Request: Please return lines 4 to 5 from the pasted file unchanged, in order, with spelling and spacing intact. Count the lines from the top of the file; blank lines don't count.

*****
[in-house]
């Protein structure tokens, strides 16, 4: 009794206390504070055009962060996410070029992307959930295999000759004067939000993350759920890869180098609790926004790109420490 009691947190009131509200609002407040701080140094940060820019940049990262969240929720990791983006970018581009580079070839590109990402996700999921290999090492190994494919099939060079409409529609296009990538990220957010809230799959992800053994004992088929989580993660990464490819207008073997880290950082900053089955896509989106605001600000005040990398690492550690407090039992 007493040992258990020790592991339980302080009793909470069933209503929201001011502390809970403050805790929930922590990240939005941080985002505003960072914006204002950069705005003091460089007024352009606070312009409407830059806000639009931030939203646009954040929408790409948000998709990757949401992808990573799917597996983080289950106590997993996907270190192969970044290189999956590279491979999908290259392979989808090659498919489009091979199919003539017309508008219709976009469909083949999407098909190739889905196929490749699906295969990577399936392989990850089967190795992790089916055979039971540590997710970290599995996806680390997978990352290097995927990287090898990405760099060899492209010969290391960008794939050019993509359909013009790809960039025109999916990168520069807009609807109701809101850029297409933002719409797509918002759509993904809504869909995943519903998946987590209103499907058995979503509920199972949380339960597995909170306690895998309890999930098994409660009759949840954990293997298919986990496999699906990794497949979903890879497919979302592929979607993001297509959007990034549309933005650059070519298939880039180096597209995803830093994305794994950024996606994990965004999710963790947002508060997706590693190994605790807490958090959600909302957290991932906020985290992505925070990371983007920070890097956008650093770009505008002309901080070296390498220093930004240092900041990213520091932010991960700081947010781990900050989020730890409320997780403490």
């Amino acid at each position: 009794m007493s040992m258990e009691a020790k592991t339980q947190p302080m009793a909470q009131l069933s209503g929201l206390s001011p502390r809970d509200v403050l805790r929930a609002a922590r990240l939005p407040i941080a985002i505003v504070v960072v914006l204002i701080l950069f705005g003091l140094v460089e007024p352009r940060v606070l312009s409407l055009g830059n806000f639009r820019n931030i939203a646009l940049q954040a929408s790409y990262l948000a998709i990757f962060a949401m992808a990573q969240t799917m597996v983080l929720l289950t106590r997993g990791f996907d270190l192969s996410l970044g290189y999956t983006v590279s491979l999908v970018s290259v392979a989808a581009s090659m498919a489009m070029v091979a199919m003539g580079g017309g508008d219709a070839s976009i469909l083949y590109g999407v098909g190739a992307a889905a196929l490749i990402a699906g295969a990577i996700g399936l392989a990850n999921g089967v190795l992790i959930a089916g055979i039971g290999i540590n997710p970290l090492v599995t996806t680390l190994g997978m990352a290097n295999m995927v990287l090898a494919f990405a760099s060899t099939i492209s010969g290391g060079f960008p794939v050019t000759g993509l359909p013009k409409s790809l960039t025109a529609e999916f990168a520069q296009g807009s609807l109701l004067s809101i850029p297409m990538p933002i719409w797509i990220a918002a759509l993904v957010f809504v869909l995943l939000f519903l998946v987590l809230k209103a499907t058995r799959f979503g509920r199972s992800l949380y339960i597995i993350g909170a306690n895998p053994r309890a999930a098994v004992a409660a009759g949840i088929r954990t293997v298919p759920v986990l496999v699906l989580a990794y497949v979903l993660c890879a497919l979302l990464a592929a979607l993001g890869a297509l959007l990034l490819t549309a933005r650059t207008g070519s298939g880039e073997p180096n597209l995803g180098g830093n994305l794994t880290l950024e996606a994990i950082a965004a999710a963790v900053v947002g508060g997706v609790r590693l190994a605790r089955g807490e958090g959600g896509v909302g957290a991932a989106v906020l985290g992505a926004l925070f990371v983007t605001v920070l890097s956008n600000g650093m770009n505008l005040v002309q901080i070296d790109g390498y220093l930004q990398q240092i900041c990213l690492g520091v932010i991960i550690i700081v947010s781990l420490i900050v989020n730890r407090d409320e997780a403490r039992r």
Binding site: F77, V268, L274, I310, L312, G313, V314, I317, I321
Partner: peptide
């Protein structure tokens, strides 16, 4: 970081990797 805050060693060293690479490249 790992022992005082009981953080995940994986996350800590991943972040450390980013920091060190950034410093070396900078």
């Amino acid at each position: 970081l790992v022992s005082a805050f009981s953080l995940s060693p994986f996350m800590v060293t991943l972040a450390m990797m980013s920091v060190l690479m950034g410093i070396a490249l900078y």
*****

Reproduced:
Binding site: F77, V268, L274, I310, L312, G313, V314, I317, I321
Partner: peptide